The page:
Trade/other name(s): Citrate of magnesium, MagCitrate
Why would this drug be used?
Magnesium citrate is used to treat constipation. You can buy it over the counter, without a prescription.
How does this drug work?
Magnesium citrate is a hyperosmotic saline laxative. That means it pulls water from the tissues into the small intestines. The movement of water stimulates the normal forward movement of the intestines (known as peristalsis), usually resulting in a bowel movement within ½ to 3 hours. Smaller doses may work more slowly, especially if taken with food.
Before taking this medicine
Tell your doctor…
- If you are allergic to anything, including medicines, dyes, additives, or foods.
- If you have nausea, vomiting, rectal bleeding, unexplained abdominal pain, or any disease of the stomach or intestine. Something besides constipation may be causing your problem.
- If you have heart disease or high blood pressure. Magnesium citrate may cause you to retain fluid and make your heart work harder, which can worsen these problems.
- If you have kidney disease. Magnesium citrate may cause the potassium or magnesium level in your blood to get too high.
- If you are pregnant. Magnesium citrate may cause you to retain more fluid.
- About any other prescription or over-the-counter medicines you are taking, including vitamins and herbs. In fact, keeping a written list of each of these medicines (including the doses of each and when you take them) with you in case of emergency may help prevent complications if you get sick.
Interactions with other drugs
Magnesium citrate can cause certain medicines to not work as well: blood thinners, such as warfarin (Coumadin), digoxin and similar heart medicines, and phenothiazines, such as chlorpromazine, haloperidol, perphenazine, pimozide, thioridazine, and others. Magnesium citrate should not be used if you are on any of these medicines.
If you are on ciprofloxacin (an antibiotic), etidronate (used for bone problems), or sodium polystyrene sulfonate (Kayexelate), you should not take magnesium citrate. It keeps these medicines from working.
If you are taking tetracycline (an antibiotic) you should not take magnesium citrate within 2 hours of it.
Other medicines may not work as well if taken at the same time as laxatives. Do not take this medicine within 2 hours of your other medicines.
Interactions with foods
Although magnesium citrate works faster when taken on an empty stomach, no serious interactions with food are known at this time. Check with your doctor, nurse, or pharmacist about whether foods may be a problem.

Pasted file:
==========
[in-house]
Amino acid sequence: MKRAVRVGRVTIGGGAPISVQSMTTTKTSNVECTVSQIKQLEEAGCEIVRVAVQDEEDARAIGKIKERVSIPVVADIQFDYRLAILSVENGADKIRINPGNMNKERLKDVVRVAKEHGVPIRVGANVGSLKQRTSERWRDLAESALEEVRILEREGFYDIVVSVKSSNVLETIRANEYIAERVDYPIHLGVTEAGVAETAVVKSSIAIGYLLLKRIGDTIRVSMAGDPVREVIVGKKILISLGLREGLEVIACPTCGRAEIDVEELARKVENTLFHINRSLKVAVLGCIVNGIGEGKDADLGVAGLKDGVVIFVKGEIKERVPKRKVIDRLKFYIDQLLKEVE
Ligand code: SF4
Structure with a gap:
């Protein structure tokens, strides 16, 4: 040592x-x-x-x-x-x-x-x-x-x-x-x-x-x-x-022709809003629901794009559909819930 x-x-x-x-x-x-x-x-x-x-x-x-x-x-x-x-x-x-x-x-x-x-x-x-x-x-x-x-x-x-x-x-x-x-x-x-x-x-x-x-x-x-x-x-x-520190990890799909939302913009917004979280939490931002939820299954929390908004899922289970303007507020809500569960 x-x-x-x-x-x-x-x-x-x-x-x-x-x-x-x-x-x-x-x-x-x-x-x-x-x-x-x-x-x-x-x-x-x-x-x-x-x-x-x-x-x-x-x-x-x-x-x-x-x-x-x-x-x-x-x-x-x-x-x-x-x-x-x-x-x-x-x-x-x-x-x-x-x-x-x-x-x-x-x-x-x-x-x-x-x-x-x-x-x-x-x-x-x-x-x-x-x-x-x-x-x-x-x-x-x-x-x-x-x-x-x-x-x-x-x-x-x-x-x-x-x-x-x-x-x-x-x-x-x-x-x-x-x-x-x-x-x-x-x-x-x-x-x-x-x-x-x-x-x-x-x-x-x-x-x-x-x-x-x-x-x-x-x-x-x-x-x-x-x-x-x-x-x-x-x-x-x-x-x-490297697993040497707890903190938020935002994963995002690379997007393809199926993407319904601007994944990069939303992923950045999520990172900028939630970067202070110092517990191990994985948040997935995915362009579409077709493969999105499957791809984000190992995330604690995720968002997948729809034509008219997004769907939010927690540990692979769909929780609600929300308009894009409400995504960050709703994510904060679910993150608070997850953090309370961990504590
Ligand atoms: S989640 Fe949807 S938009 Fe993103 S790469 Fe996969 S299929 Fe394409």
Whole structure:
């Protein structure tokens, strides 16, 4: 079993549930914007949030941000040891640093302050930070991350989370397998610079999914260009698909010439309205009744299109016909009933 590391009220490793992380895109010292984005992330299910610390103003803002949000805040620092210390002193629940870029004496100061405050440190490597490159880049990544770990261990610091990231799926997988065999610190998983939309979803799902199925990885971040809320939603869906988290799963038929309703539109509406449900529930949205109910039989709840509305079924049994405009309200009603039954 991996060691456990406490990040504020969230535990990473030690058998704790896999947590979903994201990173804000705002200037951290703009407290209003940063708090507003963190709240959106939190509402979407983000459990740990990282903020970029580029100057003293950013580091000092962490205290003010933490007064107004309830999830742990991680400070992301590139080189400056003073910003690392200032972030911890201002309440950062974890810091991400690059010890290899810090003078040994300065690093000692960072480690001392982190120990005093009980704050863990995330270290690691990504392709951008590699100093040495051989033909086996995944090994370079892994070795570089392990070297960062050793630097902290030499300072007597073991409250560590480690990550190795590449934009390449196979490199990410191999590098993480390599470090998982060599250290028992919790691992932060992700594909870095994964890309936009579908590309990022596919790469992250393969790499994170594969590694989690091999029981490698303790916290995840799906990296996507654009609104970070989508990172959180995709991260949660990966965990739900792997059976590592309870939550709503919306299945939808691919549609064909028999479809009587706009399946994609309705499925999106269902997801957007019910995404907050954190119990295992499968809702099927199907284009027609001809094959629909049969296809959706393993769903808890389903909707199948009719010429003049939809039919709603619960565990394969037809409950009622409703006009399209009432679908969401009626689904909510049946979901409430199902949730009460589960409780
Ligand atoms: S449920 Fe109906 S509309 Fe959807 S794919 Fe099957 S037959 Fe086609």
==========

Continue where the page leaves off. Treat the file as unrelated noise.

Tell all the doctors, dentists, nurses, and pharmacists you visit that you are taking this drug.
How is this drug taken or given?
Magnesium citrate is given as a liquid by mouth, which can be mixed with water or juice. The dose depends on how well the magnesium citrate works for you and the reason you are taking it. You should refrigerate magnesium citrate before using. Drink two glasses of cold water or other liquid after you take it, to replace the liquid you will lose. Take this drug exactly as your doctor or health team tells you, or follow the directions on the label. If you have any questions or do not understand the instructions, talk to your doctor, nurse, or pharmacist.
Store the medicine in a tightly closed container away from heat and moisture and out of the reach of children and pets.
Laxatives can cause diarrhea, which can result in loss of fluids, nutrients, and electrolytes. If you have diarrhea, it is important to replace the fluid that you lose by drinking 2 to 3 quarts of fluid a day. Fluids with electrolytes, such as broth or sports drinks, can help replace the potassium and salt lost in diarrhea. If you have symptoms of electrolyte imbalance, such as dizziness, confusion, lightheadedness, irregular heartbeat, muscle cramps, unusual tiredness or weakness, call your doctor.
Some forms of magnesium citrate contain sugar. Check with your pharmacist about the ingredients if you have diabetes.
If you are taking opioid pain relievers, you will need to take laxatives regularly to counter their action on the bowel. This helps to prevent severe complications such as impaction or blockage. Talk to your doctor or nurse about the best laxatives to use and how to take them. Let your doctor or nurse know if you haven't had a bowel movement for 3 days.
If you are not taking opioid pain medicines, and you use laxatives often, the body can forget the normal process of moving your bowels. You then depend upon the laxative for a bowel movement. If this is a problem for you, talk with your doctor.
Besides taking laxatives, there are other ways to help prevent constipation. Try to drink 2 to 3 quarts of fluid a day, increase the amount of fruits and vegetables in your diet (try to eat at least 5 servings daily), and eat bran cereals. You should also try to do gentle exercise as much as you can.
Possible side effects
You will probably not have most of the following side effects, but if you have any talk to your doctor or nurse. They can help you understand the side effects and cope with them.
- loss of normal bowel response when used on a long-term basis*
- abdominal pain or cramping
- dehydration resulting from diarrhea*
- loss of electrolytes from diarrhea*
- High magnesium or potassium levels in the blood if kidneys don't work well; may cause dizziness or lightheadedness.
There are some other side effects not listed above that can also occur in some patients. Tell your doctor or nurse if you develop these or any other problems.
This drug appears to pre-date the current FDA approval process, which would mean it was not required to get formal FDA approval.
Disclaimer: This information does not cover all possible uses, actions, precautions, side effects, or interactions. It is not intended as medical advice, and should not be relied upon as a substitute for talking with your doctor, who is familiar with your medical needs.
Last Revised: 09/11/2009